Most of us would probably agree with the saying, “If it ain’t broke, don’t fix it.” The often ignored parallel idea states: “If it is
broken, do fix it.” There are many reasons why we don’t apply the second rule, but the main one is our failure to acknowledge the problem. We look at shattered relationships and chaotic situations and murmur, “It’s not that broken,” or “Maybe it’ll fix itself,” or “Let’s see how it looks tomorrow.” We end up living with broken things for years!

The people of Israel rarely maintained their relationship with God for long. They broke it by neglect and by deliberate action. They ignored Him and disobeyed Him. And then they refused, sometimes for decades, to admit anything was wrong. And the consequence of the broken relationship was slavery, poverty, humiliation and defeat. God would let things deteriorate until people finally cried out, “All right Lord, we admit it’s broken! We broke it! Please fix it!” Then God would send a mechanic, a handpicked fixer, who became known as a judge. We meet the first two of these judges in today’s reading: Othniel and Ehud. Each had a unique character and skill that God put to good use. Othniel was a warrior, and Ehud was a courier. Othniel delivered defeat; Ehud delivered a message. When the Bible introduces each of these judges, it tells us, “The LORD raised up a deliverer for the children of Israel” (Judg. 3:9,15).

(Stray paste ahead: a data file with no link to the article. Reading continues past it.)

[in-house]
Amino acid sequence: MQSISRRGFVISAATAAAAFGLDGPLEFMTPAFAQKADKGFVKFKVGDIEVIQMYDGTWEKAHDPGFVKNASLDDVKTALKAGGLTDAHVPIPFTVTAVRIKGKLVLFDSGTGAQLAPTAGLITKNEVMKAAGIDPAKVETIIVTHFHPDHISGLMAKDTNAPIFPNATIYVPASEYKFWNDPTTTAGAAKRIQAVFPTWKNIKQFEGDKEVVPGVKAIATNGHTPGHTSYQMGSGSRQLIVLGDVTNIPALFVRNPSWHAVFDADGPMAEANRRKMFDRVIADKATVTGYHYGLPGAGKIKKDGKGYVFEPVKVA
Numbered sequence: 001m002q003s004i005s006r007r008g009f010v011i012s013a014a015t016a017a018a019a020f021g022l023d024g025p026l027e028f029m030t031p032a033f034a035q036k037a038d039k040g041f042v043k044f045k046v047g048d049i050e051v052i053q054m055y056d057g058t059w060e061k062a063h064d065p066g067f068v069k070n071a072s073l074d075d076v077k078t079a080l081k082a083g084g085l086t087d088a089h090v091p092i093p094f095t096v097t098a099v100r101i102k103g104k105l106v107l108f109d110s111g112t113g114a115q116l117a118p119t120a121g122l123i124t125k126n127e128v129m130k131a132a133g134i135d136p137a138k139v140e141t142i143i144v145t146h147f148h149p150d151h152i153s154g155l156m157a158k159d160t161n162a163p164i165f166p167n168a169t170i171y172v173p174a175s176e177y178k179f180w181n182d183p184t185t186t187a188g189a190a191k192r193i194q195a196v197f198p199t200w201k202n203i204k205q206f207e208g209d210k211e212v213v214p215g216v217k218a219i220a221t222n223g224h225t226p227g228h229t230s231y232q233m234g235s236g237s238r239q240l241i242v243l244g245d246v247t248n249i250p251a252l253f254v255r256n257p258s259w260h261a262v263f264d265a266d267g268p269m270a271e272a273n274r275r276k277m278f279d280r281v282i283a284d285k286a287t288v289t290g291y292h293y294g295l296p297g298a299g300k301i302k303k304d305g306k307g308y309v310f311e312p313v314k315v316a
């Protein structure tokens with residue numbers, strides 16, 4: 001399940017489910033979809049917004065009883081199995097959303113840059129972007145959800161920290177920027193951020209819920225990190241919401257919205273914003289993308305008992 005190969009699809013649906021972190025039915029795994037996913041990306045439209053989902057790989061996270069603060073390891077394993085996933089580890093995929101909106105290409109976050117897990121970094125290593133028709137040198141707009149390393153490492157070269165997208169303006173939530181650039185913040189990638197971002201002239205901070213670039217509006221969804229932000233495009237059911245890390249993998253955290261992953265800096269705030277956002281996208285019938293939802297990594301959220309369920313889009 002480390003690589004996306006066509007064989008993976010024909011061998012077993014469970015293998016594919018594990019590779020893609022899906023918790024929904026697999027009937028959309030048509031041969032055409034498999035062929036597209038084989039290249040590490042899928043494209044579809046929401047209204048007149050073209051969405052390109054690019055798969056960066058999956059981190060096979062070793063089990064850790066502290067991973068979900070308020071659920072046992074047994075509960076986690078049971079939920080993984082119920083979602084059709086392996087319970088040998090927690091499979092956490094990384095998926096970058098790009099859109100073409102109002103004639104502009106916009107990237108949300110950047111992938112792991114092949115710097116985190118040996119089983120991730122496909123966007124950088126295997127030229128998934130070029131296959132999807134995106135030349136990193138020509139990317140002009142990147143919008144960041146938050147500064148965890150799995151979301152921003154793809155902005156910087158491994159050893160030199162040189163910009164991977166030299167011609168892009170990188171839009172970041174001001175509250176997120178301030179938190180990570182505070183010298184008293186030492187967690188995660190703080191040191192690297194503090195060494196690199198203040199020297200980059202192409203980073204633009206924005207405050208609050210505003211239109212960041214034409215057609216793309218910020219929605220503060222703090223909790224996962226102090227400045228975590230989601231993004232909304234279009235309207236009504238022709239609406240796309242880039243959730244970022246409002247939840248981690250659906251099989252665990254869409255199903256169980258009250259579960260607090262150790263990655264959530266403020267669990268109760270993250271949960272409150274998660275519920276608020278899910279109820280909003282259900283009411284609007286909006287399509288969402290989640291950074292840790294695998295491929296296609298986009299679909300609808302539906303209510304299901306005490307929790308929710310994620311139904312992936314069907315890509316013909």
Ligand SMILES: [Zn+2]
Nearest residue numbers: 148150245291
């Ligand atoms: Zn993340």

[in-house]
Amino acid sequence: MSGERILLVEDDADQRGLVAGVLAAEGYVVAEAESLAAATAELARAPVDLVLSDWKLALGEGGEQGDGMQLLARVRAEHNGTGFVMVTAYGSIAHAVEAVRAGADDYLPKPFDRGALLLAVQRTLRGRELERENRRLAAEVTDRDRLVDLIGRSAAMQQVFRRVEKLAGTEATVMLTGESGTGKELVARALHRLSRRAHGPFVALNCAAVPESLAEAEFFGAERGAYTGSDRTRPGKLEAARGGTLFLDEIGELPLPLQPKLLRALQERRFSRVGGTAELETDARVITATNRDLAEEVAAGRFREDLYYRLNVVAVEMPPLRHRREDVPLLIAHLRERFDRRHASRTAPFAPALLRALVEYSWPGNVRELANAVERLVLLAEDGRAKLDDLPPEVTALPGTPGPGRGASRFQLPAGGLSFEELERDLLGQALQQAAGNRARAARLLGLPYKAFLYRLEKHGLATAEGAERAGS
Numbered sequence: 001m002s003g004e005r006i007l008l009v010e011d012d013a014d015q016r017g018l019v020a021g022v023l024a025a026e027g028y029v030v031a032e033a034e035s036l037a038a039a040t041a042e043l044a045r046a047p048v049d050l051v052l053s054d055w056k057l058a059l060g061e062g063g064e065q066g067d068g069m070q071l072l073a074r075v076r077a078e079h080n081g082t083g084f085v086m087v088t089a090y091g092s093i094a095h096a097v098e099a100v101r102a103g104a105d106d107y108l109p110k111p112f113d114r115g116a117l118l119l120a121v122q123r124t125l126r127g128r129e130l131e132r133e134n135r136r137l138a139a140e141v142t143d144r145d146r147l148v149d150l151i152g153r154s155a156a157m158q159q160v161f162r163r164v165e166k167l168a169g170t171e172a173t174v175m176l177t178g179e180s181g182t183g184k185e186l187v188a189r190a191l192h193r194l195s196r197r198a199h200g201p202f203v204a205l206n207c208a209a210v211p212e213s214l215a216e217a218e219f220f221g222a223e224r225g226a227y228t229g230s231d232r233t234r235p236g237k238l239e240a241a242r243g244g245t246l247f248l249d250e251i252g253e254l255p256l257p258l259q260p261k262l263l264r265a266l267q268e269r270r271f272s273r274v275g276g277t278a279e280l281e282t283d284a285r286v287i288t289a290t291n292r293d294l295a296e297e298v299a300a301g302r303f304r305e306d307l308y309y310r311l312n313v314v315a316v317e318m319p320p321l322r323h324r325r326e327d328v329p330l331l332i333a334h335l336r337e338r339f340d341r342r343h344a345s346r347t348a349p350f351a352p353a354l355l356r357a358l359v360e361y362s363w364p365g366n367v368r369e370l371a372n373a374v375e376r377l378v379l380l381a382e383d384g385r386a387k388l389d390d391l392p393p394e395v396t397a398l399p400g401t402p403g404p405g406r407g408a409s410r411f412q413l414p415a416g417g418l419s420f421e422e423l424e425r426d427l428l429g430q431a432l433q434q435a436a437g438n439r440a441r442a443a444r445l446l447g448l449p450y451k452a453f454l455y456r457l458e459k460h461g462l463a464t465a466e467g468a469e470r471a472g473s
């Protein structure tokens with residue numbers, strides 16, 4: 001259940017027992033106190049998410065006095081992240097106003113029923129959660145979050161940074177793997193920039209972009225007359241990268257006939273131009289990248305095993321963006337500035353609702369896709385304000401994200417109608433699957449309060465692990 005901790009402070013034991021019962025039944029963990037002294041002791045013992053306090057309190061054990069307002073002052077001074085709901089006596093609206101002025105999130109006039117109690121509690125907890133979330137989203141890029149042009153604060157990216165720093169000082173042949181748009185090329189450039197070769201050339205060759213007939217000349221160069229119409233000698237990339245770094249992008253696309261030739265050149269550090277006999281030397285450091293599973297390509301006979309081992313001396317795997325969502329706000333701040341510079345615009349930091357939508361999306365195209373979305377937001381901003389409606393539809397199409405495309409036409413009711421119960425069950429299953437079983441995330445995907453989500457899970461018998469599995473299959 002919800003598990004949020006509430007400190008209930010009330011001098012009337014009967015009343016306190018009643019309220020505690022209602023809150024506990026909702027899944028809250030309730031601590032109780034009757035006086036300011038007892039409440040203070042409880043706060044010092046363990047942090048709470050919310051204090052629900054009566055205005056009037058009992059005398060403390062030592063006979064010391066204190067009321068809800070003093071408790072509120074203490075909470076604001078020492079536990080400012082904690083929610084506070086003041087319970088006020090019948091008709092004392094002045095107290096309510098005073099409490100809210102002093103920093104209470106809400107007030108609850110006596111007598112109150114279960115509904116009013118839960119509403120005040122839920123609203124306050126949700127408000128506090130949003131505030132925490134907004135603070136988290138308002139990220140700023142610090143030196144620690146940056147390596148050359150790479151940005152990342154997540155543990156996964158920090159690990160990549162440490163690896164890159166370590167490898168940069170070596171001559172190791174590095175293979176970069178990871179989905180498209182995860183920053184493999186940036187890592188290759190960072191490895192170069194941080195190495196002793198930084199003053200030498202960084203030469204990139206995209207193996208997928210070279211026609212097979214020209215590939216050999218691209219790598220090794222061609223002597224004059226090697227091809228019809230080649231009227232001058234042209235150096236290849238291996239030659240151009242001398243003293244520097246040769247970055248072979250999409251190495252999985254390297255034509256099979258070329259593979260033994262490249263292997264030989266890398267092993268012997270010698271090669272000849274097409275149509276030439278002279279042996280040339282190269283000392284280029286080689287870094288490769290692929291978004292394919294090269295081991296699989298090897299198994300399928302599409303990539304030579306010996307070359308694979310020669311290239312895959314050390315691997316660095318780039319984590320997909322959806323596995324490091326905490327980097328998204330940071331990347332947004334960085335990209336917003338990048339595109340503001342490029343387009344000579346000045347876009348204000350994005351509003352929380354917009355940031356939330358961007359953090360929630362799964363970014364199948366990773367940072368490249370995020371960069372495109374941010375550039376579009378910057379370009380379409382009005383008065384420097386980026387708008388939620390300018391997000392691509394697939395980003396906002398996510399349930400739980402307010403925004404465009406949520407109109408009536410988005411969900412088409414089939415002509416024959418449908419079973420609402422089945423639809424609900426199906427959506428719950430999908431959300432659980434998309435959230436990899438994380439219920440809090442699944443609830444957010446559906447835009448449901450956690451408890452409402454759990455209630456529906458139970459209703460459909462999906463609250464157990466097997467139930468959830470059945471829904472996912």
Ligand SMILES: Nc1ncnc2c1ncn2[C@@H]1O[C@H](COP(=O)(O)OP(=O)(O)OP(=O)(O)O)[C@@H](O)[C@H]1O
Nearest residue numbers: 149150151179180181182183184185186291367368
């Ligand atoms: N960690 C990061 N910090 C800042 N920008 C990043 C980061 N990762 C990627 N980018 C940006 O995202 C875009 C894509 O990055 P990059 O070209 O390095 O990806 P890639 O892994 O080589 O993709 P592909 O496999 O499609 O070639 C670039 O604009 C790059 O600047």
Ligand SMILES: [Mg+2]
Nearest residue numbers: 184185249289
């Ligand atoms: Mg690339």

The main point here is that God chooses and uses His servants according to His purposes. God placed the judges and filled them with His Spirit (3:10). Othniel, Ehud and the rest had unique skills, but their real contribution came as a result of God’s guidance. They brought about God’s will—God’s deliverance. When the people repented of sin, God intervened with human servants. God still makes unlikely heroes out of ordinary people. He accomplishes extraordinary good in our lives by unexpected means. His Word and
His Spirit are His primary tools. But He also fixes broken things using His servants, His churches, His Bible-teaching radio programs, His books— God delivers!

God doesn’t force deliverance on us. He patiently and lovingly waits for us to acknowledge the sin-chaos in our lives and say to Him, “All right, Lord, we admit it’s broken! We broke it! Please fix it!” Then He delivers.

God demands our attention. Judges 3:12 tells us, “The LORD strengthened Eglon king of Moab against Israel.” Does it ever feel to you like God lets bad things get worse in your life? The lesson is not to assume God is always punishing you, but to assume God always wants you to live in His will. If you make it your purpose not to do “evil in the sight of the LORD” (v. 12), but to walk with Him, you won’t have to worry when difficulties arise. What things in your life is He using to get your attention today? Will you make it your purpose to walk with Him?

Ask God for vision to see and courage to admit broken areas of life. Express your dependence on His deliverance. Meditate on Psalm 46:1: “God is our refuge and
strength, a very present help in trouble.”

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